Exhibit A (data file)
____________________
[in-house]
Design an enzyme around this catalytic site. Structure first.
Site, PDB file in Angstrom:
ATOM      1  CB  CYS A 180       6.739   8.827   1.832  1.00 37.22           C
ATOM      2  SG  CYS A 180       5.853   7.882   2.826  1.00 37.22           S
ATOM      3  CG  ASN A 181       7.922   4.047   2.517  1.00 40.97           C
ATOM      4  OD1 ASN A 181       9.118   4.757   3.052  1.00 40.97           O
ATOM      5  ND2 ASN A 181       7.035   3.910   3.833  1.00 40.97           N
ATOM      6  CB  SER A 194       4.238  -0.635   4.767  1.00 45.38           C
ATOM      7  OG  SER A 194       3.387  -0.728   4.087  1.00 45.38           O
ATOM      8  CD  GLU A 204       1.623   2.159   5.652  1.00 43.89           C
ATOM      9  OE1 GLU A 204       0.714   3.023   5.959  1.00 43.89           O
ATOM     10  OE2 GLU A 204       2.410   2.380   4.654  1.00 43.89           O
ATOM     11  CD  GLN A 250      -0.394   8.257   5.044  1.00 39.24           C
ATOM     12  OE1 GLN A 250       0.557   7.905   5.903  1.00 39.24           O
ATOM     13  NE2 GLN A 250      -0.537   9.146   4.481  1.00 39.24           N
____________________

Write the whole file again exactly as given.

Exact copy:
[in-house]
Design an enzyme around this catalytic site. Structure first.
Site, PDB file in Angstrom:
ATOM      1  CB  CYS A 180       6.739   8.827   1.832  1.00 37.22           C
ATOM      2  SG  CYS A 180       5.853   7.882   2.826  1.00 37.22           S
ATOM      3  CG  ASN A 181       7.922   4.047   2.517  1.00 40.97           C
ATOM      4  OD1 ASN A 181       9.118   4.757   3.052  1.00 40.97           O
ATOM      5  ND2 ASN A 181       7.035   3.910   3.833  1.00 40.97           N
ATOM      6  CB  SER A 194       4.238  -0.635   4.767  1.00 45.38           C
ATOM      7  OG  SER A 194       3.387  -0.728   4.087  1.00 45.38           O
ATOM      8  CD  GLU A 204       1.623   2.159   5.652  1.00 43.89           C
ATOM      9  OE1 GLU A 204       0.714   3.023   5.959  1.00 43.89           O
ATOM     10  OE2 GLU A 204       2.410   2.380   4.654  1.00 43.89           O
ATOM     11  CD  GLN A 250      -0.394   8.257   5.044  1.00 39.24           C
ATOM     12  OE1 GLN A 250       0.557   7.905   5.903  1.00 39.24           O
ATOM     13  NE2 GLN A 250      -0.537   9.146   4.481  1.00 39.24           N